Equity rounds of VC-backed investment in the financial technology sector retreated in the second quarter of 2019, according to a new CB Insights report.
Second-quarter fintech deals dropped 22% on a quarterly basis and 23% compared to the same quarter in 2018. Early seed deal share fell a five-quarter low which, the report’s authors say, contributed to the overall dip.
In geographic terms, deals fell on every continent. There were five-quarter lows in Asia, Africa, and North America.
In North America, where there had been 204 VC-backed fintech deals in the second quarter of 2018, the number was 190 in Q3 and 174 in Q4. Dealing activity rebounded in the first quarter to 199. Now, with the second quarter in the books, dealing activity has fallen to 158, roughly 77.5% of the 2018 Q2 figure.
Wheeling and Dealing
The “fintech” category includes a wide range of products and services: marketplace lending and alternative underwriting platforms; leveraging blockchain technologies for financial services; audit, risk, and regulatory compliance software; mortgage lending, digitization, and financing platforms, etc. Taking a big-picture, five-year view: annual global VC-backed fintech deals and financing back in 2015 amounted to $16.6 billion. The figure increased in 2016 ($19.6B) but gave back some of that gain in 2017 ($18.8B), before rocketing upward in 2018 ($40.5B).
Jack Ma’s Ant Financial contributed to that rocketing. It was an outlier in the second quarter of 2018, with a record $14 billion closing.
The market likely will not sustain the height of 2018 wheeling and dealing when all is said and done for 2019. Through the first half, investment of the sort covered in this report came to $15.1 billion.
Expressed in quantity of deals, the picture looks much the same. From 1,206 VC-backed deals in fintech in 2015, the number rose to 1,895 in 2018. It probably will not match that in 2019. For the first half, the number was 838.
The Geography of VC Fintech Activity
The center of fintech funding remains North America. Asia was a sound second place in the third and fourth quarters of 2018. But in each of the first two quarters of this year, there has been more VC investment in fintech in Europe than in Asia.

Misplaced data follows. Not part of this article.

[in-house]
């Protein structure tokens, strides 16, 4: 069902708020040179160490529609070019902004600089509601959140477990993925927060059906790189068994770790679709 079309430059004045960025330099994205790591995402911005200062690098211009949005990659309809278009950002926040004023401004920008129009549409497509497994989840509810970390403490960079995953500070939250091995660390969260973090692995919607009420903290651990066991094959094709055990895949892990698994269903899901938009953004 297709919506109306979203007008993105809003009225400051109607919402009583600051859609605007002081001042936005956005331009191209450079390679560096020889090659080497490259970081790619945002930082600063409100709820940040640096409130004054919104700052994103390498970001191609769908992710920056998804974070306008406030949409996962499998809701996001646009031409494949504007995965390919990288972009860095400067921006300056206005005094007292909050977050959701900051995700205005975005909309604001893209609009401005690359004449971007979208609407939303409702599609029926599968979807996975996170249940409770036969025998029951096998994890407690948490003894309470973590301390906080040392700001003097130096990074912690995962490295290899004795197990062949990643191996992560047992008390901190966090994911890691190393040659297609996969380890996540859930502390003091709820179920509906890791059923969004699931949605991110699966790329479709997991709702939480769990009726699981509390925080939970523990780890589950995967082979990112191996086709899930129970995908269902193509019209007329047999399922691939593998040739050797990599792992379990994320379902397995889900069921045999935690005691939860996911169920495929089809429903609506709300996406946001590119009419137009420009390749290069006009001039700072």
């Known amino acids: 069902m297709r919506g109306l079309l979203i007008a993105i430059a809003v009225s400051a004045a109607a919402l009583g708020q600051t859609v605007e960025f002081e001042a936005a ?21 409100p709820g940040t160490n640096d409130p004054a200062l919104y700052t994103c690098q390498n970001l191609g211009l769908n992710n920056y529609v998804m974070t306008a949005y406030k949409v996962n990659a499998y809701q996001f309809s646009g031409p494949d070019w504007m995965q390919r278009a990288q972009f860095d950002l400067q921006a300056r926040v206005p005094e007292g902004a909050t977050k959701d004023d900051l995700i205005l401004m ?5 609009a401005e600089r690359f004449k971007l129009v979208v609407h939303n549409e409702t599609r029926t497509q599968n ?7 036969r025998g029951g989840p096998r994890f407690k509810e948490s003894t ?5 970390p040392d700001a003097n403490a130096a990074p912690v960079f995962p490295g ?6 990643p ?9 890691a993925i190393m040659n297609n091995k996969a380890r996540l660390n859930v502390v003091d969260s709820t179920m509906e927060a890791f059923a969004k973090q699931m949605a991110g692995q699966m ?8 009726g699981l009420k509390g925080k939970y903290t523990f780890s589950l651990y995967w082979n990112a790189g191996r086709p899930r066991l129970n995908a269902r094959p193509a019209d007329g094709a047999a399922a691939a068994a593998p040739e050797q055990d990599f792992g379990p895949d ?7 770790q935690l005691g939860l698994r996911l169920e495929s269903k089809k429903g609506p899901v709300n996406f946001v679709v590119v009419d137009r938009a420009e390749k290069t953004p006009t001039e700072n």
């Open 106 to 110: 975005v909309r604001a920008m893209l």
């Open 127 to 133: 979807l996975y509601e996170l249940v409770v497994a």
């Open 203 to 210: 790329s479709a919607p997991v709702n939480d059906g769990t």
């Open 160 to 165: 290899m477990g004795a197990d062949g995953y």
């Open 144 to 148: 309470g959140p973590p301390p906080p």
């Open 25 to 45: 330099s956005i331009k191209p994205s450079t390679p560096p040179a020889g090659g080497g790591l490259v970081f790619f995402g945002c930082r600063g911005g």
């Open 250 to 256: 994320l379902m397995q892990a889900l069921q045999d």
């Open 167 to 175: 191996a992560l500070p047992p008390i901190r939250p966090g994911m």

As an intra-Asian matter, the report observes that India has topped China in fintech deal activity as measured by number of deals in the second quarter (23 to 15). This is the first time that has happened. Measuring by the amount of money involved, China nonetheless came out slightly ahead of India—$375 million to $350 million.
Challenger Bank Unicorns
Another theme of the report is that there have been a lot of unicorns in the forest of late. By standard definition a financial unicorn is an entity on which the private equity markets have bestowed a valuation of $1 billion or more. The second quarters saw the birth of seven new fintech unicorns. The first month of the third quarter saw two more: Hippo and Judo. Hippo is an alternative insurance concern that plans to use the capital to expand its reach outside of the US. Judo is a Melbourne, Australia-based “challenger bank,” that is, a digital service degned to make retail banking mobile.
Challenger banks as a group are one of the established homes of the unicorn species. The second quarter saw such banks raise $649 million across 17 deals.
One challenger-bank unicorn on which this report bestows special attention is Uala, an Argentine concern that offers the unbanked of Latin America a prepaid Mastercard and a supporting app. Investors in Uala include Tencent, Goldman Sachs Investment Partners, the Jefferies Financial Group, and Point72 Ventures.
A Note on Softbank
The report also highlights the role of Softbank in the insurance tech landscape. Softbank is a Tokyo-based holding company with its fingers in a lot of global pies. In the insurance branch of fintech, Softbank is the leading investor in Lemonade (Q2 $300M Series D), Collective Health (Q2 $205 M Series E), and Policy Bazaar (Q2 $152 M Series F).